There is one virtue, though, which is what we found out. Retail sales taxes in Ontario have only grown 3% per year in nominal terms—not when inflation is taken out—over the past five or six years, while value-added tax collections in Ontario of the federal GST have actually been more buoyant with the economy and have actually increased 5% per year. In a sense, Ontario is hurting itself by maintaining a retail sales tax that actually is not growing very well with the economy, and that's because of the way it operates.
Now, there are some things that Ontario—
Professor Milligan, I want to come back briefly to what I guess we've been tied up about--that is, your comment about boutique tax credits, that environmental taxes are good and boutique tax credits bad. But then you expanded on that a little bit and said that one of the other things that could be done is spending money, versus creating a tax credit to encourage a behaviour.
As a Conservative, I actually look at it the other way. If I look at public transit, for example, I would rather encourage people to ride public transit and have the transit system become economic, and actually be able to provide for itself, than the other way, which is to pour money into a system and have a whole bunch of empty buses with nobody riding in them.
Do you see how that might be a better approach—which is where the government has gone with it?
Several years ago I gave a major speech on regional development programs in Canada and went into a lot of the literature about what people have found around the world with them. There was a comment made by the World Bank that just about every regional development program that was ever tried didn't work, in the sense of really doing anything.
But there were two things I found that were quite effective in trying to improve more depressed regions. One of them was to link them better with the urban areas in terms of both communication and transportation networks. That allowed people more easily to trade from the outlying regions with the major urban centres. It was found in Europe and in a number of other studies that these things did tend to work.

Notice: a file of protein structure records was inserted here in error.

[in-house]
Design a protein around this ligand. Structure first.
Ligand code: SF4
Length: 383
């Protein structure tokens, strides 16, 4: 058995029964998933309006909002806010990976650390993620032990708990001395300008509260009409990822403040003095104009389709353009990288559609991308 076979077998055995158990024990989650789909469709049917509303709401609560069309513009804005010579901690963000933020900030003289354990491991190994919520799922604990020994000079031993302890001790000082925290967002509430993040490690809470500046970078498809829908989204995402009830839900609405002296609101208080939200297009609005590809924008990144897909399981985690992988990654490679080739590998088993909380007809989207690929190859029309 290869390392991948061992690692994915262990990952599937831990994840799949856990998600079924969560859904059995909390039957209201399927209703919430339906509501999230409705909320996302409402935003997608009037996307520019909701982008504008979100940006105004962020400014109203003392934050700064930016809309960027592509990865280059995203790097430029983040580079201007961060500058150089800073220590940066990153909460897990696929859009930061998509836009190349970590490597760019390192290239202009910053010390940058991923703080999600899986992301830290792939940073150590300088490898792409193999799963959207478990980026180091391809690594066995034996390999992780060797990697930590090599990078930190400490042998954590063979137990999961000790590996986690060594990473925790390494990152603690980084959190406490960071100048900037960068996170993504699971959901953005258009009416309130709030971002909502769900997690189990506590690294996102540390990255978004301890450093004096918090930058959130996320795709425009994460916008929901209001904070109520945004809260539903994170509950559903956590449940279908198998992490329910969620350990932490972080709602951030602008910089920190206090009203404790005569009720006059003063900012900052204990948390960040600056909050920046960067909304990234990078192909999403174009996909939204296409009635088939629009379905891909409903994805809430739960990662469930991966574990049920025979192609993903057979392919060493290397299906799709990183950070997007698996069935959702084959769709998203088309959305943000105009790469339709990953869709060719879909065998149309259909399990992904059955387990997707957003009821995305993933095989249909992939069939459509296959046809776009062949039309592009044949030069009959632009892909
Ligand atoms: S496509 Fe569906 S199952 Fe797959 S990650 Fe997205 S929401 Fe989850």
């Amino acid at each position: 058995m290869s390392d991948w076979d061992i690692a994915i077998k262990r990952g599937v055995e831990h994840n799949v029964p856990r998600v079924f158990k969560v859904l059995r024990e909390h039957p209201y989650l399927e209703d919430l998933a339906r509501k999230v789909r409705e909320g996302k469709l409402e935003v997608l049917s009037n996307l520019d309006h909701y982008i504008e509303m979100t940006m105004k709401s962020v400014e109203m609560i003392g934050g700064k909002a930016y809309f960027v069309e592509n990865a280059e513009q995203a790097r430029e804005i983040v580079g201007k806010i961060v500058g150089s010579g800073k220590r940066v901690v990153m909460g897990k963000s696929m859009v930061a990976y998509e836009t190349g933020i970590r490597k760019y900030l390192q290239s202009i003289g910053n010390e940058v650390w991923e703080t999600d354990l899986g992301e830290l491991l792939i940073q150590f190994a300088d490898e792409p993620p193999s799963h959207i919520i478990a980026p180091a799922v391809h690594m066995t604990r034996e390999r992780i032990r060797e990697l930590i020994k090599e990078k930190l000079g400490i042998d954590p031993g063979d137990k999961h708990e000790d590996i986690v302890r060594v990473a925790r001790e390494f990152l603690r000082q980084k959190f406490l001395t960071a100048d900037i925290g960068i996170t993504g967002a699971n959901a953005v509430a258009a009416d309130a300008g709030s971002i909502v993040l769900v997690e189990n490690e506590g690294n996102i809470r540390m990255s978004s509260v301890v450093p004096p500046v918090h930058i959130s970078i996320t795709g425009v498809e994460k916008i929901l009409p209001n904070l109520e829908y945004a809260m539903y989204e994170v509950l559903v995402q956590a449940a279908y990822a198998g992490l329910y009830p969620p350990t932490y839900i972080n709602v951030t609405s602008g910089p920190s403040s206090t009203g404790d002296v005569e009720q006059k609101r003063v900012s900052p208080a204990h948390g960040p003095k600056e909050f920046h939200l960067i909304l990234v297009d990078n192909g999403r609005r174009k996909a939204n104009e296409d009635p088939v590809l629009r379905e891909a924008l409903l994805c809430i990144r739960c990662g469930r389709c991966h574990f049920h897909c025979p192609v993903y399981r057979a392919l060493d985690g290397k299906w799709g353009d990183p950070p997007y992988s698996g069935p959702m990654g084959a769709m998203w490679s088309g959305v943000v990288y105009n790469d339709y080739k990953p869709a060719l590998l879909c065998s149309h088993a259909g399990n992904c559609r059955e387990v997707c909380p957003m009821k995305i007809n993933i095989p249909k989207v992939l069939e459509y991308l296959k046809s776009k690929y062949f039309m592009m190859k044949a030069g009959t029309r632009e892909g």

The other type of regional development effort that was successful was getting over jurisdictional boundaries, and in particular, when you get to smaller regions, enabling a sharing of the costs of major expenditures by getting several communities to share the costs rather than each, let's say, building their own centres. If you could get some economies of scale and efficiencies that way, that actually succeeded.
I was quite surprised that one of the jurisdictions was a Canadian jurisdiction that actually put some significant effort in that direction. That was Alberta. With its regional development policies, it was trying to get smaller towns to share resources more, so that they could have better facilities available to them.
None of these things is on the tax side, and so I think maybe we have to go back to trying to recognize what we are trying to achieve and how best to achieve it. I think those are interesting directions to think about anyway.
Let me first of all say that this kind of proposal really was made ten years ago by the technical committee on business taxation, which I chaired. I was appointed by Paul Martin when he was Minister of Finance.
In fact, we recommended taking the federal fuel excise tax, which really lost its rationale.... It was introduced in 1975 to reduce imports of oil. That's really irrelevant today. There's a question of why it even exists at the federal level, since the federal government really doesn't fund highways and roads, as the provinces do, and one could argue that it's a user-related tax. Can't the federal government do something better with that tax? We recommended at that time a broadening of the federal fuel excise tax into a tax either on energy or on toxins. It would effectively take into account these things.